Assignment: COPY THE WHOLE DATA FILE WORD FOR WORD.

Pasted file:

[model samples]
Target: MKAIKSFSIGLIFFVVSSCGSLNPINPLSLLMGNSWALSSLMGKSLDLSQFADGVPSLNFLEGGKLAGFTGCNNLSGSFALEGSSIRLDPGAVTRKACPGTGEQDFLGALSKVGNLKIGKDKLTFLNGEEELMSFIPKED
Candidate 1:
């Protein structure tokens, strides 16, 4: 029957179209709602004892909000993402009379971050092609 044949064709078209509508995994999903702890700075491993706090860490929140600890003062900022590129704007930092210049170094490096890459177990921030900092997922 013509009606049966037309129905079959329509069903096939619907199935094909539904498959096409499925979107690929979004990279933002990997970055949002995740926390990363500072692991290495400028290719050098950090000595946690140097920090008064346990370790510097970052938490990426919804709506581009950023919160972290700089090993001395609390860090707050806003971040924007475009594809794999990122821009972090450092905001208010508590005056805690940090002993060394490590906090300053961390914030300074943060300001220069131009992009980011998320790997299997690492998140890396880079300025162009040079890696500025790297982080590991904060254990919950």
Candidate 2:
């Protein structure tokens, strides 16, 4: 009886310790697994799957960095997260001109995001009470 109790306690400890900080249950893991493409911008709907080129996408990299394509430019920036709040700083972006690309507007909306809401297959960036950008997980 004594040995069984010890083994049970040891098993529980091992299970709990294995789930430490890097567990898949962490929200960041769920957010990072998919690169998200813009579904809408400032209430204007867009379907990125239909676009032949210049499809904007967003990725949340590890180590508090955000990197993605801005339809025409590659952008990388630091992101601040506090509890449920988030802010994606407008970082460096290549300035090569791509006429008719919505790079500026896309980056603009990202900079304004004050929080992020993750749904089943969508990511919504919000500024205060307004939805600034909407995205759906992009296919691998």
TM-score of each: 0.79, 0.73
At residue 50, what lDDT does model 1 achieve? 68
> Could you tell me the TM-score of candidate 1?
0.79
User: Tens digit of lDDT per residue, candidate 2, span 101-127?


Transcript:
[model samples]
Target: MKAIKSFSIGLIFFVVSSCGSLNPINPLSLLMGNSWALSSLMGKSLDLSQFADGVPSLNFLEGGKLAGFTGCNNLSGSFALEGSSIRLDPGAVTRKACPGTGEQDFLGALSKVGNLKIGKDKLTFLNGEEELMSFIPKED
Candidate 1:
């Protein structure tokens, strides 16, 4: 029957179209709602004892909000993402009379971050092609 044949064709078209509508995994999903702890700075491993706090860490929140600890003062900022590129704007930092210049170094490096890459177990921030900092997922 013509009606049966037309129905079959329509069903096939619907199935094909539904498959096409499925979107690929979004990279933002990997970055949002995740926390990363500072692991290495400028290719050098950090000595946690140097920090008064346990370790510097970052938490990426919804709506581009950023919160972290700089090993001395609390860090707050806003971040924007475009594809794999990122821009972090450092905001208010508590005056805690940090002993060394490590906090300053961390914030300074943060300001220069131009992009980011998320790997299997690492998140890396880079300025162009040079890696500025790297982080590991904060254990919950």
Candidate 2:
């Protein structure tokens, strides 16, 4: 009886310790697994799957960095997260001109995001009470 109790306690400890900080249950893991493409911008709907080129996408990299394509430019920036709040700083972006690309507007909306809401297959960036950008997980 004594040995069984010890083994049970040891098993529980091992299970709990294995789930430490890097567990898949962490929200960041769920957010990072998919690169998200813009579904809408400032209430204007867009379907990125239909676009032949210049499809904007967003990725949340590890180590508090955000990197993605801005339809025409590659952008990388630091992101601040506090509890449920988030802010994606407008970082460096290549300035090569791509006429008719919505790079500026896309980056603009990202900079304004004050929080992020993750749904089943969508990511919504919000500024205060307004939805600034909407995205759906992009296919691998």
TM-score of each: 0.79, 0.73
At residue 50, what lDDT does model 1 achieve? 68
> Could you tell me the TM-score of candidate 1?
0.79
User: Tens digit of lDDT per residue, candidate 2, span 101-127?